On Latin Women
Greer congratulates proud Latina women for their fame of being "difficult." "You should be difficult," she exults, "Women should value themselves and not give themselves up cheaply; that is degrading." Latin women, she considers, while they can be manipulative, actually do very well in terms of managing their own sexuality.
Germaine Greer made some valid points about the need for cultural sensitivity and adapting to context. Every person, every culture, has something that we can learn.
I also suspect that she was playing devil's advocate to a certain extent, because it is hard to believe that Germaine Greer truly embraces the values of cultures in which women have no property rights or social status; fathers own their daughters' virginity which is cut and sewn shut before being sold to the man who will own it; having more children than you can afford to care for is perfectly valid so long as you eschew the pretension to achieve a higher standard of living; sexual predators do exist and when women do not have a voice and they lack a man to speak for them and protect them they are especially vulnerable; and child abuse and domestic abuse are rampant when a culture considers these practices acceptable.
My overall conclusion: Having a family to protect and nurture you is good; having enshrined rights is better. Germaine Greer may have come full circle but she remains, as ever, an agent provocateur.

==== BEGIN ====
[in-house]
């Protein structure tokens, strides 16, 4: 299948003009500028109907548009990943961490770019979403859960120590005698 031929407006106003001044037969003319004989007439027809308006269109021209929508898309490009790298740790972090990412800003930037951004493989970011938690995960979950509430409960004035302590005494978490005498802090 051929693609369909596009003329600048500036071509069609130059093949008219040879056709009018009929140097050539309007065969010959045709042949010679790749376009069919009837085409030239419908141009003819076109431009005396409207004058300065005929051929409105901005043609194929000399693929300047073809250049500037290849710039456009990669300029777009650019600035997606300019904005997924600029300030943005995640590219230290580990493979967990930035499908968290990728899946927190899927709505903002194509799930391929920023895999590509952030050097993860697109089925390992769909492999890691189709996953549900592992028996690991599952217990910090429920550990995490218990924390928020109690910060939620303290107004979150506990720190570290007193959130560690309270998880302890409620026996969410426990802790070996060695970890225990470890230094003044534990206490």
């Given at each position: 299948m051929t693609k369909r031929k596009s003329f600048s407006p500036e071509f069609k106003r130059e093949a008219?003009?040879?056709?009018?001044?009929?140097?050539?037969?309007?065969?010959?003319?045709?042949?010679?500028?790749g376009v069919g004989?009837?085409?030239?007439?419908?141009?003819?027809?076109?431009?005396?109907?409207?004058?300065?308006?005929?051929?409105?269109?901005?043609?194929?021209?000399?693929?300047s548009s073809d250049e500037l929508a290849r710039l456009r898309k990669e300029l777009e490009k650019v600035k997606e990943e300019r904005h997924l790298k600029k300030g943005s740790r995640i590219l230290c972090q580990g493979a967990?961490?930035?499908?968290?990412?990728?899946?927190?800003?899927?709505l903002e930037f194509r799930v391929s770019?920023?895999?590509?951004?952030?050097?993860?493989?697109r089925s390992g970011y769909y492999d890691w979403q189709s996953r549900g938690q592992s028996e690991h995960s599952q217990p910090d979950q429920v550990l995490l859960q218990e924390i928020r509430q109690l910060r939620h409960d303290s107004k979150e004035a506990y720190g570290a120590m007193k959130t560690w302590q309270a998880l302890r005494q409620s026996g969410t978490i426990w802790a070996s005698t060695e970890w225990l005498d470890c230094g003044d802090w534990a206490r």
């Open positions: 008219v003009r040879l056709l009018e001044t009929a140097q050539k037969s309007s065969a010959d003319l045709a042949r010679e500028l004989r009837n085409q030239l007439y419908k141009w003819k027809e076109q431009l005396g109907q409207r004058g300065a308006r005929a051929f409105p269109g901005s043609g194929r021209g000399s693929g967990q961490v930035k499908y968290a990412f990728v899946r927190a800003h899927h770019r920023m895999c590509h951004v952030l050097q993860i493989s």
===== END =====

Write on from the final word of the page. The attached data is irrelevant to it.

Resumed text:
Luis Pescetti, interviewed by Daniel Samper
Pescetti and interviewer Daniel Samper had obviously prepared the interview in advance: in response to Samper's questions, Pescetti would inevitably say: "Well, I just so happen to have a song about that!"
Luis Pescetti's gift is that he looks at the world through the child's eyes, acknowledges it, celebrates it, and presents it back to children and adults with humor and affection.
He is a consummate observer: watching what goes on in children's lives, their reactions to the world, and their interactions with the adult world. That is the key to his humor: the disparity between what one is supposed to experience/feel and what one really feels, which is why "Voy a tener un hermanito" (I'm going to have a little brother) is a funeral dirge. Hoorah.
He recognizes the emotion blackmail of the parental bond: "Mamá, no quiero que hoy vayas al trabajo." (Mama, I don't want you to go to work today).
The monosyllabic "Bien-Nada" attempt at dialogue with a recalcitrant teenager, who is not intentionally being difficult.
He vindicates the joy of Harry Potter, and so what if critic Harold Bloom doesn't give his blessing.
He talks about the child as an immigrant, traveling toward the world of adulthood, and wanting to be accepted in that world, but at the same time resisting this world, because the young person misses the world of childhood; but there is no going back there.